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Amateur Bakers Take Safer-At-Home Order As Opportunity To Perfect Bread

Julian Hayda
A freshly-baked traditional round loaf of sourdough bread.

With restaurant dining rooms closed and additional restrictions now being placed on grocery stores due to the coronavirus pandemic, some people are taking to making some staples from scratch.

Bread is a favorite. According to Google Trends, searches for sourdough and related recipes were at least five times higher in the last month than ever before.

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Milwaukee’s Central and Eastern European roots make it a big bread town, so it wasn’t hard to find an expert baker thanks to the “Milwaukee Foodie” group on Facebook. Michael Solovey is a Milwaukee-area chef and baker turned educator who has spent countless hours teaching people to bake better. He says there are two main factors at play when baking bread.

“Number one is the force expanding the bread outward called leavening, and the second is gluten, which is used to hold the bread together, and give it structure and density,” says Solovey.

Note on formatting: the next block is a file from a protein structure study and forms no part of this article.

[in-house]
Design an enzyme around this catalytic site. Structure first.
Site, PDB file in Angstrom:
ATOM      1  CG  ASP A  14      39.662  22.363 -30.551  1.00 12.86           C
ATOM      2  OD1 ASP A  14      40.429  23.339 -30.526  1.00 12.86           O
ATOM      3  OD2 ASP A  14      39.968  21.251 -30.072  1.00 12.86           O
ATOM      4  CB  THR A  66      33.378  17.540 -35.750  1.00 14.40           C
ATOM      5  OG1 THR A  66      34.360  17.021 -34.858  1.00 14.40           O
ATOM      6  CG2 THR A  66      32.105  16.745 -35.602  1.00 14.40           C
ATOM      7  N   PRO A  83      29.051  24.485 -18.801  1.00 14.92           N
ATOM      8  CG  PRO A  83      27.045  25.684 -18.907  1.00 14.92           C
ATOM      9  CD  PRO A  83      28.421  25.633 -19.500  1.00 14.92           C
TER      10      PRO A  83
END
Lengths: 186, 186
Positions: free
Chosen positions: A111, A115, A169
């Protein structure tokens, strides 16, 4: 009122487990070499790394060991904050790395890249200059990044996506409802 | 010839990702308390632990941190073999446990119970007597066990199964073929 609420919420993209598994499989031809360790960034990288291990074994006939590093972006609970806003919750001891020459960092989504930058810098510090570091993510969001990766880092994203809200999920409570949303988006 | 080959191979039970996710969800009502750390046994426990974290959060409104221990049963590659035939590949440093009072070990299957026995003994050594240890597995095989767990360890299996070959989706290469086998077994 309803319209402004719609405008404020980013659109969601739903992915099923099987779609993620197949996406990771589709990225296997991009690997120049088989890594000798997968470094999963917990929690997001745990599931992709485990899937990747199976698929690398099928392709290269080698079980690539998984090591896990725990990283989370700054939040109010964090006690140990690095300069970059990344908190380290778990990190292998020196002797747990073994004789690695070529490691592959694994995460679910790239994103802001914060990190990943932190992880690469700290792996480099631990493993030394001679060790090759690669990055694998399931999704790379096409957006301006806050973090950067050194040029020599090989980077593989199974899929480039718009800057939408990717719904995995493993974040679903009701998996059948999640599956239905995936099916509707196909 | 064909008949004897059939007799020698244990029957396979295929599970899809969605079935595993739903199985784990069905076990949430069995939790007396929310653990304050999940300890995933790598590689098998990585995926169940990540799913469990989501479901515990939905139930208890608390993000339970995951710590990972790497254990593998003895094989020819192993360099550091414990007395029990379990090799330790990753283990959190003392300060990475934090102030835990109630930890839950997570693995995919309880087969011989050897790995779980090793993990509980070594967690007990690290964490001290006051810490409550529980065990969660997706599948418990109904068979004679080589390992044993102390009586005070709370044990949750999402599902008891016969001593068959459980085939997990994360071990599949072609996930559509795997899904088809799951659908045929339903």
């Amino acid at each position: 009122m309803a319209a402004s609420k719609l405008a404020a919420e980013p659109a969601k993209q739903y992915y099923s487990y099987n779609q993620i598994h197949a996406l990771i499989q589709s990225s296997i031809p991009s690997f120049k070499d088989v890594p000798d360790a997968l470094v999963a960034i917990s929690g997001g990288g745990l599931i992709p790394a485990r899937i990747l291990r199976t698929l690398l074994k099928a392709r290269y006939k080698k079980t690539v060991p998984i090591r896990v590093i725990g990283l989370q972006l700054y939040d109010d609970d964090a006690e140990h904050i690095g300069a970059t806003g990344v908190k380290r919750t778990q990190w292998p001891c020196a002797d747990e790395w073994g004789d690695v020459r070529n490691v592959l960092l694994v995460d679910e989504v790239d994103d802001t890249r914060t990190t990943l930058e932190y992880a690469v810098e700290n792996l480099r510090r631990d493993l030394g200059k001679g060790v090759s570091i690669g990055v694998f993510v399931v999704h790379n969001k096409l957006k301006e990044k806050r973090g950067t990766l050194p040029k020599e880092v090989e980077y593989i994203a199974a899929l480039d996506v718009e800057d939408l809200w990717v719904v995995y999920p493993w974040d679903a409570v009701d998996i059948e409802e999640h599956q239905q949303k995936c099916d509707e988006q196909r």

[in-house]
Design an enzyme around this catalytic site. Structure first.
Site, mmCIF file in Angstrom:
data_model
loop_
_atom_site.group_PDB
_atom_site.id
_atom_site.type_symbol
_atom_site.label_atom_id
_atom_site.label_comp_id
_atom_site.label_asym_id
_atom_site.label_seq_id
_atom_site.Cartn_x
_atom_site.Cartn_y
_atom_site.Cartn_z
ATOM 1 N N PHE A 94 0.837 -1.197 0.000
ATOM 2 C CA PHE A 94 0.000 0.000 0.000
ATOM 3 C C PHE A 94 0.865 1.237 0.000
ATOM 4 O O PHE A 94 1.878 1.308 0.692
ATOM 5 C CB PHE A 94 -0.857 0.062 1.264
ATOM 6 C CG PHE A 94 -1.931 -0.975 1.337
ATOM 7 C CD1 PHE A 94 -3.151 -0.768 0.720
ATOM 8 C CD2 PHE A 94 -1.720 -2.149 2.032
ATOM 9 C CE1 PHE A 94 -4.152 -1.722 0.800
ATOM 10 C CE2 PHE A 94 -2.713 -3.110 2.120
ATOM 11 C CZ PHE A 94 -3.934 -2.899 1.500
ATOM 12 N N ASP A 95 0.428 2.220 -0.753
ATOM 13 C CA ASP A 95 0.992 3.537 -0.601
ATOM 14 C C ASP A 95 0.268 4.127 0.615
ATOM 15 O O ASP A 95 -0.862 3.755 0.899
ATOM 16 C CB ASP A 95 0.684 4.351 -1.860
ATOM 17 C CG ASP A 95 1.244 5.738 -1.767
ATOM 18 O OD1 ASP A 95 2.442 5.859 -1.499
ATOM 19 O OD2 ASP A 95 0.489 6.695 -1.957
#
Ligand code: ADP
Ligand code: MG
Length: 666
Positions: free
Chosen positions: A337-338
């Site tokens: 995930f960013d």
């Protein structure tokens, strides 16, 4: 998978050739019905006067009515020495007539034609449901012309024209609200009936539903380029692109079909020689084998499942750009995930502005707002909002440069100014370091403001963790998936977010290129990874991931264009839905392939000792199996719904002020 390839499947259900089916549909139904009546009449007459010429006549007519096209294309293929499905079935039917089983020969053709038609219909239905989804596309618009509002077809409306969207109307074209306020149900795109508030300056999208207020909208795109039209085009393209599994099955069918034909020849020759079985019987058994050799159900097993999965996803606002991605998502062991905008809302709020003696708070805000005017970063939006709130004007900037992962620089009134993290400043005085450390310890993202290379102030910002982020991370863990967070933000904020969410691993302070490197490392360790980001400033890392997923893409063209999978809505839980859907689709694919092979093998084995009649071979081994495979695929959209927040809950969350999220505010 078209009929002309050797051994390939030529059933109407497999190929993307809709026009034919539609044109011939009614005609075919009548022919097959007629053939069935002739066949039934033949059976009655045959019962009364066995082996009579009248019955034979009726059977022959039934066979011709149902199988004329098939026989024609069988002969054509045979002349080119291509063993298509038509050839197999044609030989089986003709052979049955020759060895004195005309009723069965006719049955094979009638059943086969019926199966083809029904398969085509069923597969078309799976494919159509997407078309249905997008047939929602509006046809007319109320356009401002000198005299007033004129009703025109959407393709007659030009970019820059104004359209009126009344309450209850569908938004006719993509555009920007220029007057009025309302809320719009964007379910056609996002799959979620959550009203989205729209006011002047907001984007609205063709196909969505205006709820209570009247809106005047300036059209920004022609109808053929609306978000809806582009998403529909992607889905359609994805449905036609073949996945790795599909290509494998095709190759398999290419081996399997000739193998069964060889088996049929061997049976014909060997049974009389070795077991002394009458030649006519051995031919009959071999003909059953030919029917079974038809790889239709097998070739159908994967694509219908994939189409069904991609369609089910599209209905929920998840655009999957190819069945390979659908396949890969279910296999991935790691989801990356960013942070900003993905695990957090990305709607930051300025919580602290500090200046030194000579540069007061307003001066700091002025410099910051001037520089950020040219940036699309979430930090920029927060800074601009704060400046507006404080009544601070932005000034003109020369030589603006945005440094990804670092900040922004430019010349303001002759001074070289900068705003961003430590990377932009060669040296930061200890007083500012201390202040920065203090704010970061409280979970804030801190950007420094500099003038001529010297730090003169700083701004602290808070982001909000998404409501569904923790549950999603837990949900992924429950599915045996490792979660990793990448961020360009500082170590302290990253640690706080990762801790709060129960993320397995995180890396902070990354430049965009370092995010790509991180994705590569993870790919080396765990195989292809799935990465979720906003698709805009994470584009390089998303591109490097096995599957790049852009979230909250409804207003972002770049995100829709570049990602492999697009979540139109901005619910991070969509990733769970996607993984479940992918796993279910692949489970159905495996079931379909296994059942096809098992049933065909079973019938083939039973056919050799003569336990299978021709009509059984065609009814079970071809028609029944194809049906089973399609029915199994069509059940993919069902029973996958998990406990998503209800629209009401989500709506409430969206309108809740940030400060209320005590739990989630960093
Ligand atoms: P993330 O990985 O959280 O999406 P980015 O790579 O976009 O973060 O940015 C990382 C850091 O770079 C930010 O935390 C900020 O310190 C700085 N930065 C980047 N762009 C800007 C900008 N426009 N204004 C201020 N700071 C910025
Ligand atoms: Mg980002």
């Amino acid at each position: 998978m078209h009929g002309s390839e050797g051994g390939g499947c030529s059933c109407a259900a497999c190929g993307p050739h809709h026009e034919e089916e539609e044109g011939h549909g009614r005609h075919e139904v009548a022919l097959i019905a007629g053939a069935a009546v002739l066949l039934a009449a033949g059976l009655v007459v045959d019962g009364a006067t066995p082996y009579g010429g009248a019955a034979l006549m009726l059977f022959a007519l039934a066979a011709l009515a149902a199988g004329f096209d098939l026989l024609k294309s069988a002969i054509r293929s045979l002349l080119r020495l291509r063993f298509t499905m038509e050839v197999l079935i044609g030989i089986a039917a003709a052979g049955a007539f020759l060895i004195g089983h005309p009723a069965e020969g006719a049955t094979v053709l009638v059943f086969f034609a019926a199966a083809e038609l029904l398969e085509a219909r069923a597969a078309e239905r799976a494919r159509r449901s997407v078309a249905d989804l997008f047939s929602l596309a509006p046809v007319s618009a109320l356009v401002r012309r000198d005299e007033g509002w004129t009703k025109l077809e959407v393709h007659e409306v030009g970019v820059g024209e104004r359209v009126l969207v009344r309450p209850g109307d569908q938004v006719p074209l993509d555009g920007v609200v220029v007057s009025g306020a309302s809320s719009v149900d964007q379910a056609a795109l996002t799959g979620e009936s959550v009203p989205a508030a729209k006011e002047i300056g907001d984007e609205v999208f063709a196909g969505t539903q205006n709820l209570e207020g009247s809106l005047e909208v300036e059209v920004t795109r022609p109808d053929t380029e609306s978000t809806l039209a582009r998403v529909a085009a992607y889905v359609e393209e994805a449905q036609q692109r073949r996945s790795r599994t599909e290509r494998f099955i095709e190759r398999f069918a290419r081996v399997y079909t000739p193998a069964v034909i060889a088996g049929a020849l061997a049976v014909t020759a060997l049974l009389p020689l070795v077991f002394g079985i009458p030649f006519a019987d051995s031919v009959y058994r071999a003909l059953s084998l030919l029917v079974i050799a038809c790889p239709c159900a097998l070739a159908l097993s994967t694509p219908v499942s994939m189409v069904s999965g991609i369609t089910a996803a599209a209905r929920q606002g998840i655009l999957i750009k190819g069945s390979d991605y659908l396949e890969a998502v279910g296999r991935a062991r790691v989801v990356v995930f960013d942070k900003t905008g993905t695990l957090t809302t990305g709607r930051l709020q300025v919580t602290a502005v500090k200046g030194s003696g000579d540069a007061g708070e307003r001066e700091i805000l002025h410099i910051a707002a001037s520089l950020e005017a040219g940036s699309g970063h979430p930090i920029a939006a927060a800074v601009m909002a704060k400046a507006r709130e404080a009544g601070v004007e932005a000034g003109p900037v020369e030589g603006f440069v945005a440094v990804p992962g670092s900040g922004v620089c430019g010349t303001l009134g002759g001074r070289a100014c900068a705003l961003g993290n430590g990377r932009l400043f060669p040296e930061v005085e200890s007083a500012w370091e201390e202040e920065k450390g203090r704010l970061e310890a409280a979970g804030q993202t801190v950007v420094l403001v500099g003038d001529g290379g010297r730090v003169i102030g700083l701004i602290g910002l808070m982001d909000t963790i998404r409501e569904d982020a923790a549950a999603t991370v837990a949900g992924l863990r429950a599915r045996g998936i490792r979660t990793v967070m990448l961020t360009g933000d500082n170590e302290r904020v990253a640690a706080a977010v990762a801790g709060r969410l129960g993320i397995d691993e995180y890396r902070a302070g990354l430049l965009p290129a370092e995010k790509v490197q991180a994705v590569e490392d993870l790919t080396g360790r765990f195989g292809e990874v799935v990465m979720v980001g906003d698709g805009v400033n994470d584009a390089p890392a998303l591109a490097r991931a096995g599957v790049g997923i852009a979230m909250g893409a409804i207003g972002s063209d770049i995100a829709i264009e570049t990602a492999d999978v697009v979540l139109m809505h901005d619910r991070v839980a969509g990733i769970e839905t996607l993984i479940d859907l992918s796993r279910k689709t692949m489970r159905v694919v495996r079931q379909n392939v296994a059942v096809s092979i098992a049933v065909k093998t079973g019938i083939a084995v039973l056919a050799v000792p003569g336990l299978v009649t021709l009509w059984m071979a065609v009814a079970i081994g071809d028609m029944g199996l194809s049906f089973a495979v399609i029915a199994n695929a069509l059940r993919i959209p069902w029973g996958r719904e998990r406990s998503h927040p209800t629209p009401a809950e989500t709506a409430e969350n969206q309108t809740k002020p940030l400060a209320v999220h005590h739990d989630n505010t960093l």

“I liken the process of baking bread to the physics of a star ... leavening is the explosion, gluten is the gravity.”

"I liken the process of baking bread to the physics of a star ... leavening is the explosion, gluten is the gravity."

With grocery stores running low on staples such as packaged dry yeast, which is a typical ingredient in American baking, many are resorting to old world-style leavening agents.

Solovey recommends doing a science experiment by combining flour and warm water, allowing natural — or ambient — yeast to develop on their own. Yeast is a natural fungal culture that must be alive, healthy, and chemically maintained to provide bread with leavening.

Credit Julian Hayda / WUWM
Flour combined with the starters begins the leavening process, wherein dough rises before being baked into a loaf of bread.

“Milwaukee has a lot of ambient yeast from all of the breweries,” says Solovey, though the process can take a few weeks. He says it’s ready to bake when it begins to ferment and bubble on its own.

Another way is to get some “starter” from a friend who has already maintained and fermented it by consistently feeding the culture flour and warm water. The starter is combined with more flour, water, and other desired ingredients to make bread, pizza crust, pastries, and more.

“There’s so many possibilities that I don’t even know which ones to start with,” says Solovey. “Anything you want a real crust to anything that you want real flavor in, you can add these starters to them.”